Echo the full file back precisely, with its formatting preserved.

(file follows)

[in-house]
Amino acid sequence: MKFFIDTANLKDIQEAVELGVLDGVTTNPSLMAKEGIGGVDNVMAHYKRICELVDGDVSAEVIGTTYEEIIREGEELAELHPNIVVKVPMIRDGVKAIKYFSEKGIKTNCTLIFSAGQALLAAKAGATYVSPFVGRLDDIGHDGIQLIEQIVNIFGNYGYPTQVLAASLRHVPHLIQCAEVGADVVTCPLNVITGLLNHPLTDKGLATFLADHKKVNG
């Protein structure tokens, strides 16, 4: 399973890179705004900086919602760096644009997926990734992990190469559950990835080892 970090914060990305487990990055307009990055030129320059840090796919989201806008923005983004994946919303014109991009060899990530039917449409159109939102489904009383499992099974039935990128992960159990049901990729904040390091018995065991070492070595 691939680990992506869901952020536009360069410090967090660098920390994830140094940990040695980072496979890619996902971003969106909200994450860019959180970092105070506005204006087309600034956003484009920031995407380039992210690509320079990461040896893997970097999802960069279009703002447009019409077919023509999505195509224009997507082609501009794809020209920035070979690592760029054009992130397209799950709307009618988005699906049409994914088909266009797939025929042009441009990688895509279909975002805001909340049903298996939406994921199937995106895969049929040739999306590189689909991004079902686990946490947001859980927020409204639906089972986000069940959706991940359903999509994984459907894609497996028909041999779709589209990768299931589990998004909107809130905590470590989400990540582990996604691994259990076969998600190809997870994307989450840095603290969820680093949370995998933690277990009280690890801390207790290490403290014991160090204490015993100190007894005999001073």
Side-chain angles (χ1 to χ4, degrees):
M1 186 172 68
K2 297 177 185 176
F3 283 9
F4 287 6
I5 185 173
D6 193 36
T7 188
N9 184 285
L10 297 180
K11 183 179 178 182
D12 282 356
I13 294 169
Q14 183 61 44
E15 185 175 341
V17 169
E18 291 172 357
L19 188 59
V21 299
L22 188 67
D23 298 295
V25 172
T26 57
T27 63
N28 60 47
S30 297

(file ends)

[in-house]
Amino acid sequence: MKFFIDTANLKDIQEAVELGVLDGVTTNPSLMAKEGIGGVDNVMAHYKRICELVDGDVSAEVIGTTYEEIIREGEELAELHPNIVVKVPMIRDGVKAIKYFSEKGIKTNCTLIFSAGQALLAAKAGATYVSPFVGRLDDIGHDGIQLIEQIVNIFGNYGYPTQVLAASLRHVPHLIQCAEVGADVVTCPLNVITGLLNHPLTDKGLATFLADHKKVNG
């Protein structure tokens, strides 16, 4: 399973890179705004900086919602760096644009997926990734992990190469559950990835080892 970090914060990305487990990055307009990055030129320059840090796919989201806008923005983004994946919303014109991009060899990530039917449409159109939102489904009383499992099974039935990128992960159990049901990729904040390091018995065991070492070595 691939680990992506869901952020536009360069410090967090660098920390994830140094940990040695980072496979890619996902971003969106909200994450860019959180970092105070506005204006087309600034956003484009920031995407380039992210690509320079990461040896893997970097999802960069279009703002447009019409077919023509999505195509224009997507082609501009794809020209920035070979690592760029054009992130397209799950709307009618988005699906049409994914088909266009797939025929042009441009990688895509279909975002805001909340049903298996939406994921199937995106895969049929040739999306590189689909991004079902686990946490947001859980927020409204639906089972986000069940959706991940359903999509994984459907894609497996028909041999779709589209990768299931589990998004909107809130905590470590989400990540582990996604691994259990076969998600190809997870994307989450840095603290969820680093949370995998933690277990009280690890801390207790290490403290014991160090204490015993100190007894005999001073």
Side-chain angles (χ1 to χ4, degrees):
M1 186 172 68
K2 297 177 185 176
F3 283 9
F4 287 6
I5 185 173
D6 193 36
T7 188
N9 184 285
L10 297 180
K11 183 179 178 182
D12 282 356
I13 294 169
Q14 183 61 44
E15 185 175 341
V17 169
E18 291 172 357
L19 188 59
V21 299
L22 188 67
D23 298 295
V25 172
T26 57
T27 63
N28 60 47
S30 297